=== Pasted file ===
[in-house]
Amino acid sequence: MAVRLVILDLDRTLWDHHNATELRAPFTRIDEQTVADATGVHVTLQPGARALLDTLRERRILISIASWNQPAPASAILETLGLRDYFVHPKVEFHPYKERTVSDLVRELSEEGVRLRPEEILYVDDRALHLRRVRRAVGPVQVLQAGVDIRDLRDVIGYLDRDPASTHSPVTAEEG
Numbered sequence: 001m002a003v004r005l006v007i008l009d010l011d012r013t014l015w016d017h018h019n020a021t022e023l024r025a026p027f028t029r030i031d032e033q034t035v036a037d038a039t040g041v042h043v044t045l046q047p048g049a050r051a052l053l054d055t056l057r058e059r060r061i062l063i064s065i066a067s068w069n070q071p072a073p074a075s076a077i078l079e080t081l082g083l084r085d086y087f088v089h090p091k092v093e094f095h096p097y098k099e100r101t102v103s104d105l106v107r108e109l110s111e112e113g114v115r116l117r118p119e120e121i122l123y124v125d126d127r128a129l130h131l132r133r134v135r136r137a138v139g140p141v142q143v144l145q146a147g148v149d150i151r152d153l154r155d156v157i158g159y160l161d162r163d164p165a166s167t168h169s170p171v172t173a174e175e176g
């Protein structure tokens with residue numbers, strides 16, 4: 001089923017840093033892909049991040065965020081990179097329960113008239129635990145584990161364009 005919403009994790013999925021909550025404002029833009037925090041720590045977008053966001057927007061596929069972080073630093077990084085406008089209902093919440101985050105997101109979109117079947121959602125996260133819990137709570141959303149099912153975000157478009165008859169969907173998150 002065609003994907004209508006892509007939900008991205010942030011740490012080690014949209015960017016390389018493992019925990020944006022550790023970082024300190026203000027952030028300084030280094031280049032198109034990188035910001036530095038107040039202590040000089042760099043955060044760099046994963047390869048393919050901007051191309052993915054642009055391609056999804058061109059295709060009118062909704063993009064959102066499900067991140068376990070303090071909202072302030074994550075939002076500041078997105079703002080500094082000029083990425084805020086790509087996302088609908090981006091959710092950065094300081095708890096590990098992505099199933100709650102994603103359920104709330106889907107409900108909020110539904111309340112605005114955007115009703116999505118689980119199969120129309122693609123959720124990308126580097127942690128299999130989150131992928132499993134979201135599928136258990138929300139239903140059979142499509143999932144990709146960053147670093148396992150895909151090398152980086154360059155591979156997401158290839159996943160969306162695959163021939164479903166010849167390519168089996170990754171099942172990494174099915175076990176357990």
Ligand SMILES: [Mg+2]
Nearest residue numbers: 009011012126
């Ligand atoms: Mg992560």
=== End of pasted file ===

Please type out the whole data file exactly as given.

[in-house]
Amino acid sequence: MAVRLVILDLDRTLWDHHNATELRAPFTRIDEQTVADATGVHVTLQPGARALLDTLRERRILISIASWNQPAPASAILETLGLRDYFVHPKVEFHPYKERTVSDLVRELSEEGVRLRPEEILYVDDRALHLRRVRRAVGPVQVLQAGVDIRDLRDVIGYLDRDPASTHSPVTAEEG
Numbered sequence: 001m002a003v004r005l006v007i008l009d010l011d012r013t014l015w016d017h018h019n020a021t022e023l024r025a026p027f028t029r030i031d032e033q034t035v036a037d038a039t040g041v042h043v044t045l046q047p048g049a050r051a052l053l054d055t056l057r058e059r060r061i062l063i064s065i066a067s068w069n070q071p072a073p074a075s076a077i078l079e080t081l082g083l084r085d086y087f088v089h090p091k092v093e094f095h096p097y098k099e100r101t102v103s104d105l106v107r108e109l110s111e112e113g114v115r116l117r118p119e120e121i122l123y124v125d126d127r128a129l130h131l132r133r134v135r136r137a138v139g140p141v142q143v144l145q146a147g148v149d150i151r152d153l154r155d156v157i158g159y160l161d162r163d164p165a166s167t168h169s170p171v172t173a174e175e176g
């Protein structure tokens with residue numbers, strides 16, 4: 001089923017840093033892909049991040065965020081990179097329960113008239129635990145584990161364009 005919403009994790013999925021909550025404002029833009037925090041720590045977008053966001057927007061596929069972080073630093077990084085406008089209902093919440101985050105997101109979109117079947121959602125996260133819990137709570141959303149099912153975000157478009165008859169969907173998150 002065609003994907004209508006892509007939900008991205010942030011740490012080690014949209015960017016390389018493992019925990020944006022550790023970082024300190026203000027952030028300084030280094031280049032198109034990188035910001036530095038107040039202590040000089042760099043955060044760099046994963047390869048393919050901007051191309052993915054642009055391609056999804058061109059295709060009118062909704063993009064959102066499900067991140068376990070303090071909202072302030074994550075939002076500041078997105079703002080500094082000029083990425084805020086790509087996302088609908090981006091959710092950065094300081095708890096590990098992505099199933100709650102994603103359920104709330106889907107409900108909020110539904111309340112605005114955007115009703116999505118689980119199969120129309122693609123959720124990308126580097127942690128299999130989150131992928132499993134979201135599928136258990138929300139239903140059979142499509143999932144990709146960053147670093148396992150895909151090398152980086154360059155591979156997401158290839159996943160969306162695959163021939164479903166010849167390519168089996170990754171099942172990494174099915175076990176357990």
Ligand SMILES: [Mg+2]
Nearest residue numbers: 009011012126
């Ligand atoms: Mg992560």